Five Types of Listening

In a deleted scene from Tarantino’s cult classic, Pulp Fiction, Uma Thurman’s character asks John Travolta a searching question, “In conversation, do you listen, or wait to talk?” Travolta pauses, then replies, “I have to admit that I wait to talk, but I’m trying harder to listen.”

Pulp Fiction

Travolta’s character in the movie isn’t the sharpest tack in the box, but here he speaks wisely, and here he speaks for many of us. We struggle to listen. We don’t hear the end of other people’s sentences. We are very often eager to take the floor. Our thoughts and responses to other people’s thoughts and reflections, whether voiced or not, crowd out our capacity to really hear what the other person is saying.

The reality of this came home to me as a pastor, tasked with teaching people how to pray for other people. If you think about it, praying for someone, aloud, in their presence, isn’t the most natural of tasks. What do you say? How much do you say? How do you know when you’re done? And how are we supposed to speak to God for another person? But beneath these difficulties lies the problem of listening, and by problem I mean that we aren’t by nature very good listeners. We are good at judgment, and jumping to conclusions, and above all at choosing our responses based on words that make us feel better.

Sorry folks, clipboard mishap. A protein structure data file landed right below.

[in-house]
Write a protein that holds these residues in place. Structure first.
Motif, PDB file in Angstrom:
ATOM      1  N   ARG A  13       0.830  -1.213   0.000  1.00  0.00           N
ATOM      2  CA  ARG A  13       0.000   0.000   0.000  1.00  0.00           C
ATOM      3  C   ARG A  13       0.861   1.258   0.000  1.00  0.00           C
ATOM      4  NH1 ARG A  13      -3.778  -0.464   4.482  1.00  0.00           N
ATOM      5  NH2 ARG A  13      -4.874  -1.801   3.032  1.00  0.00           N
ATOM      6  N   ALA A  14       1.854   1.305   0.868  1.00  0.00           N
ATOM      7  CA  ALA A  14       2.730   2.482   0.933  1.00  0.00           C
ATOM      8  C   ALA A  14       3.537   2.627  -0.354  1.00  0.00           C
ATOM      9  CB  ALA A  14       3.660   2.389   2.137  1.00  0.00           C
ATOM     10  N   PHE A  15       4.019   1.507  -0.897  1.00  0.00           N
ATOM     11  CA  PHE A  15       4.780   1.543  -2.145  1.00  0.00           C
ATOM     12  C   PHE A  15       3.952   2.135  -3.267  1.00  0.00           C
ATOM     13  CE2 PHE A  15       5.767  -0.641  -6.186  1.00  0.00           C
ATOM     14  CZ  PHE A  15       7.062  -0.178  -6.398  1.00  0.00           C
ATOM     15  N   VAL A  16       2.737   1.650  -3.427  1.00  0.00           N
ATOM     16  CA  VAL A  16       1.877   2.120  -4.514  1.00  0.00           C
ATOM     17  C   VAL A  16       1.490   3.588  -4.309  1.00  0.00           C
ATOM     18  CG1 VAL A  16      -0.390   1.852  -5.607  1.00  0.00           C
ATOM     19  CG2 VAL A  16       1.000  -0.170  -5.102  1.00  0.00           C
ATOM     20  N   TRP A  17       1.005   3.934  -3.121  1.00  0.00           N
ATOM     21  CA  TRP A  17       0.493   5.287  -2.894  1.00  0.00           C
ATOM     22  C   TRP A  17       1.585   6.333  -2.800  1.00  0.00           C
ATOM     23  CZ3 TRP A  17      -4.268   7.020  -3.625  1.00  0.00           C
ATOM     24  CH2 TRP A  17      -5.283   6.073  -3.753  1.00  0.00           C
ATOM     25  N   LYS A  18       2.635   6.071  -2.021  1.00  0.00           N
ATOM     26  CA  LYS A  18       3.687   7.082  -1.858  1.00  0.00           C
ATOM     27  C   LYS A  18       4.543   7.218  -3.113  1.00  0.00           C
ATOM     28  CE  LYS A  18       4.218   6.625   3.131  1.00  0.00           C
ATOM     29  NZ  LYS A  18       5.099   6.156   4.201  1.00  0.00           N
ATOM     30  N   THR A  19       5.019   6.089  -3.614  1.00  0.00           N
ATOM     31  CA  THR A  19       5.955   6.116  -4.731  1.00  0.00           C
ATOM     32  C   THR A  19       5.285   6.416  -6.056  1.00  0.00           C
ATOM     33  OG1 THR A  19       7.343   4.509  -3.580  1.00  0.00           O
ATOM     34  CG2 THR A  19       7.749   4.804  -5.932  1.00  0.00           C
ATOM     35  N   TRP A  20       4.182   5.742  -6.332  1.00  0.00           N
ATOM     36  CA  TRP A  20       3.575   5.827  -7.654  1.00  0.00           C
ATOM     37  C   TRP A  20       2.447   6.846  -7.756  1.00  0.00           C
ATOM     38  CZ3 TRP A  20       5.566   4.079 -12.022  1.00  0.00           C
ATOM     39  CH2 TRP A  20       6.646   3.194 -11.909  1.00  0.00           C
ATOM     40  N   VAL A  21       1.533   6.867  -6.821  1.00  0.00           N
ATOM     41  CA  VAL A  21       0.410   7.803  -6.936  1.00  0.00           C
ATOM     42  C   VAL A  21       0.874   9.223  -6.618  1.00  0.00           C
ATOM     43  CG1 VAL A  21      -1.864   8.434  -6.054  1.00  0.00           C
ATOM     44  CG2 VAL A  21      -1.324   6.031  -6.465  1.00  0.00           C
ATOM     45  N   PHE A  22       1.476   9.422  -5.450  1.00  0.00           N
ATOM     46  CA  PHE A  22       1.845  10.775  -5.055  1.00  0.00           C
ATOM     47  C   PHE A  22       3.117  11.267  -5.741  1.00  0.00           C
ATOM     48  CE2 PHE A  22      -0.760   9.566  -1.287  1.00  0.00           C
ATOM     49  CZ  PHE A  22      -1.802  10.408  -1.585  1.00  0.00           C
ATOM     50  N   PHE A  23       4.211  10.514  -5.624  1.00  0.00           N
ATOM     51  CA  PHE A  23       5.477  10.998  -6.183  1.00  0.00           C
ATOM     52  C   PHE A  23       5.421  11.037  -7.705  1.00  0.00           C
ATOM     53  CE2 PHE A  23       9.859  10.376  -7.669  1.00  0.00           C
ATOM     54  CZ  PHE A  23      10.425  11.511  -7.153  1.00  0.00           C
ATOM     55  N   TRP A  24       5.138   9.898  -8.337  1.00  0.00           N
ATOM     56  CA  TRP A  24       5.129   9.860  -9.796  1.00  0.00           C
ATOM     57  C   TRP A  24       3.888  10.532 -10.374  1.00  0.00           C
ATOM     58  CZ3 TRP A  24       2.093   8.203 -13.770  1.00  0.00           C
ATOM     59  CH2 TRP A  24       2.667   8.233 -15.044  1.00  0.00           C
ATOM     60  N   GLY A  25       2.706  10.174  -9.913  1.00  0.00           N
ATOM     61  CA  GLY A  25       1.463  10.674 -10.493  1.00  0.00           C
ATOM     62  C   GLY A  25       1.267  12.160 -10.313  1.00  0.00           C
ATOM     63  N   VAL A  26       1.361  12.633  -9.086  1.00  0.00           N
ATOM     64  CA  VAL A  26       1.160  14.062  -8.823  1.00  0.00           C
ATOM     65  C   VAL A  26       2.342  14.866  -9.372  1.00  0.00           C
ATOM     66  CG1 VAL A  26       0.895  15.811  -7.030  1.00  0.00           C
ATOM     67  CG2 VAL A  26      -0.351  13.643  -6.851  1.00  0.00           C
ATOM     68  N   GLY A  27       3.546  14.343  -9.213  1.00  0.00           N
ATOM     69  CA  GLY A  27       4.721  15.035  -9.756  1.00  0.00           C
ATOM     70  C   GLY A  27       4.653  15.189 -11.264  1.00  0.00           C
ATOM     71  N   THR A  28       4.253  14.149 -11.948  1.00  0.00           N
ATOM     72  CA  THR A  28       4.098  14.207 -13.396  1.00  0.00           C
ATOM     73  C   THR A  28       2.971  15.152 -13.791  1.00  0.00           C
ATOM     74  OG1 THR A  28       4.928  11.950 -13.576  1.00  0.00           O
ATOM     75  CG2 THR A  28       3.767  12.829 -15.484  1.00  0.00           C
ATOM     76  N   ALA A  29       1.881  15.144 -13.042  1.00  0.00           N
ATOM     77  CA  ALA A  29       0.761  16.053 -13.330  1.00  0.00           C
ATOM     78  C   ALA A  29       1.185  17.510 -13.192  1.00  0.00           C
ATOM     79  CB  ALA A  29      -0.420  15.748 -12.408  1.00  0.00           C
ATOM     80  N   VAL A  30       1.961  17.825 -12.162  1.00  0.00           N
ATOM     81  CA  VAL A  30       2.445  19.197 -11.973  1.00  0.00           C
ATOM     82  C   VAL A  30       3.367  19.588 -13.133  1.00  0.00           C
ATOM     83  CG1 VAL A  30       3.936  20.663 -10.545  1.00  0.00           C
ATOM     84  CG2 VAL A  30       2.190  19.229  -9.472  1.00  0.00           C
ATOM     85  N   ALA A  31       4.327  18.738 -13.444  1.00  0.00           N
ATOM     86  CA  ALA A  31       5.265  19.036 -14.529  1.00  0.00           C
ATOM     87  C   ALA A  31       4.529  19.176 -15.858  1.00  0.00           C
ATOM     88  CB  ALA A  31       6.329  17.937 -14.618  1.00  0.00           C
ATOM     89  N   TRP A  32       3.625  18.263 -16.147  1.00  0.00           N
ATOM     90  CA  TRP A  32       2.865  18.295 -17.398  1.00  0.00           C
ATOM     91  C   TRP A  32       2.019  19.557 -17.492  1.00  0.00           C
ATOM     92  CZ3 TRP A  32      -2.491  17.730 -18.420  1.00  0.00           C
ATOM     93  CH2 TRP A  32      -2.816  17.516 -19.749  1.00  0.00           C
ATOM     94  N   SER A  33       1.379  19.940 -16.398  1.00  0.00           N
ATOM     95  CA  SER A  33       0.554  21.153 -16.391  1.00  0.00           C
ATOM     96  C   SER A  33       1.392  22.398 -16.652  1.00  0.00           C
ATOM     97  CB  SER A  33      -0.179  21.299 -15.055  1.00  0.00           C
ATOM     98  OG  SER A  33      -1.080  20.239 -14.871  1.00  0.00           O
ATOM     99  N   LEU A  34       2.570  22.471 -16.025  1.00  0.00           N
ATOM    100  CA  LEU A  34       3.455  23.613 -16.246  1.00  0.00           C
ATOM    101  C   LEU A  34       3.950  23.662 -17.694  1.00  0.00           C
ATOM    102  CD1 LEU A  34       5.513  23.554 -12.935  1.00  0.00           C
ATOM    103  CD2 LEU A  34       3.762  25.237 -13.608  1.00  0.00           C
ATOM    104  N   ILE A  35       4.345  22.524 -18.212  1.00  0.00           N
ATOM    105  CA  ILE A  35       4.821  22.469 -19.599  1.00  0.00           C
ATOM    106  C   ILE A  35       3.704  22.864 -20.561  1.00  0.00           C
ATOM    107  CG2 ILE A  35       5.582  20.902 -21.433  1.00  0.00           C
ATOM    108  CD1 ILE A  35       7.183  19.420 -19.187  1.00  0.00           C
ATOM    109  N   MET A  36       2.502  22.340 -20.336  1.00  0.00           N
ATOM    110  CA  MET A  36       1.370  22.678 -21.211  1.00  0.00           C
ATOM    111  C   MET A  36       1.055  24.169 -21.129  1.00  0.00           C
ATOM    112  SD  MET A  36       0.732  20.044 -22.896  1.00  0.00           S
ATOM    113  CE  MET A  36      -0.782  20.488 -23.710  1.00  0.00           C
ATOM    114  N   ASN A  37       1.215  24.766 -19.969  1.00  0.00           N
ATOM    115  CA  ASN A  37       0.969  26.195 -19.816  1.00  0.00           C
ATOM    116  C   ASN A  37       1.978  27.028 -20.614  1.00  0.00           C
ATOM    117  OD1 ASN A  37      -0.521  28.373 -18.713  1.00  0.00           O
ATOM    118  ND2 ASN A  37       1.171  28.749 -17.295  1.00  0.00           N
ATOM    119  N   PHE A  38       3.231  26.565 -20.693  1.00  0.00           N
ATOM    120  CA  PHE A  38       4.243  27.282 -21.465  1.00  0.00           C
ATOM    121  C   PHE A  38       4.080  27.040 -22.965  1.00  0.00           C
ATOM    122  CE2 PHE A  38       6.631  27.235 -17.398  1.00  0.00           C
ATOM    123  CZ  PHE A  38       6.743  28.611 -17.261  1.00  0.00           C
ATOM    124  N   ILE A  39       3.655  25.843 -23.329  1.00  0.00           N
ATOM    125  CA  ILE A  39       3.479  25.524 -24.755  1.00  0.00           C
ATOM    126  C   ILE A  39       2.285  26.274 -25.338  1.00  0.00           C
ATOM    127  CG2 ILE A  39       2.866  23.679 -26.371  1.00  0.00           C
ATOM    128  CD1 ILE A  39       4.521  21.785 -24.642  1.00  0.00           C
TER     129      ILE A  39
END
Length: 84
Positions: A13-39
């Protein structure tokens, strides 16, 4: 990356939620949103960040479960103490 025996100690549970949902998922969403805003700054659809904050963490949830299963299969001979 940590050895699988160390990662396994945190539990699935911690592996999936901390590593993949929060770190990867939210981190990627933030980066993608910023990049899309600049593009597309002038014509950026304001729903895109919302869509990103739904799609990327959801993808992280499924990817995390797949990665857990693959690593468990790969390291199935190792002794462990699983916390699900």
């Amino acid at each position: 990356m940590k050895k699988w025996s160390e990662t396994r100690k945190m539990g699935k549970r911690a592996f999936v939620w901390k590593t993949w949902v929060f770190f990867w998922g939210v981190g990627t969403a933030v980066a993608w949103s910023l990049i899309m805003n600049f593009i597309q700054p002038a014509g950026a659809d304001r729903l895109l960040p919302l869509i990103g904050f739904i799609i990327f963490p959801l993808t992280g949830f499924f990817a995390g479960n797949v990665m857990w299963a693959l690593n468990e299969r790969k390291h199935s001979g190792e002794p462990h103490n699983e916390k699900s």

Let me give some examples. Perhaps we hear someone speak about a problem they are having at work or home, and our first impulse may be to address the problem, to fix the issue. But beneath a desire to fix things is very often an unsettling anxiety. If I’m honest, your story makes me anxious, and my proposed solution is less about your problem than it is about my personal anxiety. I am speaking to make myself feel better. Alternatively, we hear someone speaking about an issue they are dealing with—bad financial planning, or poor relational choices. What creeps into our minds in those moments is very often a narrative of judgment. “That was stupid,” we think. “If you’d done things another way you wouldn’t be in this situation, you know.” “You always get into these kinds of problems. Don’t you think you could learn your lesson by now?” These judgments similarly cloud our capacity to hear what is really going on the person’s life. They fill up the backlog of things we are waiting to say. And while we’re waiting, we’re not listening very well anymore.

Woman with her fingers in her ears

If we’re going to be better listeners, we’ve got to practice listening. Toward that end, today, I want to attempt to briefly outline five different types of listening. We’ll use questions to frame each of the types of listening, partially because asking questions is a great way to show that we’re listening. These five questions are designed to get us past our judgments, and to help us master our anxieties. Also, while the first three types apply to everyone, the final two are specific to Christians.

#1. What’s going on in you? This is the first area of listening. When someone comes to you and shares a concern, or tells a story about their life, saturating their narrative is a state of being, an often confused and intermingled set of feelings, emotions, and responses. A first task in listening well is listening to the person’s heart, to the story they, perhaps, aren’t articulating in their words. The person may know exactly how he or she feels, or the person may not know at all. But we can work to be attentive to the emotional subtext of their story. This should give us some idea of what’s going on inside the person speaking.

Black Lives Matter_Girl